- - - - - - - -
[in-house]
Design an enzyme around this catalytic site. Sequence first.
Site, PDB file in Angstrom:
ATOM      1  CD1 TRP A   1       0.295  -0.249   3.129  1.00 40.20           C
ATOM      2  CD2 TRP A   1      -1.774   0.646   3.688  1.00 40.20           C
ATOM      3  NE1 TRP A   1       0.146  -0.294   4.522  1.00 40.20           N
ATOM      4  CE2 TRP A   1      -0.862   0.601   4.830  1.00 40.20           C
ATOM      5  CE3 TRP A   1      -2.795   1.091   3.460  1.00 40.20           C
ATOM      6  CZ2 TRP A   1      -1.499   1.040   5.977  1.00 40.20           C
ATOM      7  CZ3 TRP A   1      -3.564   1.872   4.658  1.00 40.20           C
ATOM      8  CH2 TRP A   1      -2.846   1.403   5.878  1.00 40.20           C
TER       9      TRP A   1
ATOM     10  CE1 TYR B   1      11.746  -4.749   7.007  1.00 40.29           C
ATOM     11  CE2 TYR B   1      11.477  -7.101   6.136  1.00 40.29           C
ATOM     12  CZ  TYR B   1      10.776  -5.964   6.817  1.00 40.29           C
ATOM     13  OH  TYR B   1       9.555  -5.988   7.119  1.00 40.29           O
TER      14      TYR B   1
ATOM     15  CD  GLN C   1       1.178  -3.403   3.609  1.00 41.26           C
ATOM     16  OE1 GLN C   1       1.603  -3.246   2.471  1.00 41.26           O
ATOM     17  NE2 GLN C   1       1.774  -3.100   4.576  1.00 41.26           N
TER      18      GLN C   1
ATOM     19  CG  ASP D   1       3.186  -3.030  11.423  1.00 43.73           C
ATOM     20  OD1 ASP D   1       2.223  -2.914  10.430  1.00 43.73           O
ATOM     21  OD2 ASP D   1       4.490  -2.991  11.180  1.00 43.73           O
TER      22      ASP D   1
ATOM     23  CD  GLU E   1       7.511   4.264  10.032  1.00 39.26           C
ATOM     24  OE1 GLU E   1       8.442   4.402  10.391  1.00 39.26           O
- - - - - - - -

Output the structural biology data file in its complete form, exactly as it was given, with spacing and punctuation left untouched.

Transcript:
[in-house]
Design an enzyme around this catalytic site. Sequence first.
Site, PDB file in Angstrom:
ATOM      1  CD1 TRP A   1       0.295  -0.249   3.129  1.00 40.20           C
ATOM      2  CD2 TRP A   1      -1.774   0.646   3.688  1.00 40.20           C
ATOM      3  NE1 TRP A   1       0.146  -0.294   4.522  1.00 40.20           N
ATOM      4  CE2 TRP A   1      -0.862   0.601   4.830  1.00 40.20           C
ATOM      5  CE3 TRP A   1      -2.795   1.091   3.460  1.00 40.20           C
ATOM      6  CZ2 TRP A   1      -1.499   1.040   5.977  1.00 40.20           C
ATOM      7  CZ3 TRP A   1      -3.564   1.872   4.658  1.00 40.20           C
ATOM      8  CH2 TRP A   1      -2.846   1.403   5.878  1.00 40.20           C
TER       9      TRP A   1
ATOM     10  CE1 TYR B   1      11.746  -4.749   7.007  1.00 40.29           C
ATOM     11  CE2 TYR B   1      11.477  -7.101   6.136  1.00 40.29           C
ATOM     12  CZ  TYR B   1      10.776  -5.964   6.817  1.00 40.29           C
ATOM     13  OH  TYR B   1       9.555  -5.988   7.119  1.00 40.29           O
TER      14      TYR B   1
ATOM     15  CD  GLN C   1       1.178  -3.403   3.609  1.00 41.26           C
ATOM     16  OE1 GLN C   1       1.603  -3.246   2.471  1.00 41.26           O
ATOM     17  NE2 GLN C   1       1.774  -3.100   4.576  1.00 41.26           N
TER      18      GLN C   1
ATOM     19  CG  ASP D   1       3.186  -3.030  11.423  1.00 43.73           C
ATOM     20  OD1 ASP D   1       2.223  -2.914  10.430  1.00 43.73           O
ATOM     21  OD2 ASP D   1       4.490  -2.991  11.180  1.00 43.73           O
TER      22      ASP D   1
ATOM     23  CD  GLU E   1       7.511   4.264  10.032  1.00 39.26           C
ATOM     24  OE1 GLU E   1       8.442   4.402  10.391  1.00 39.26           O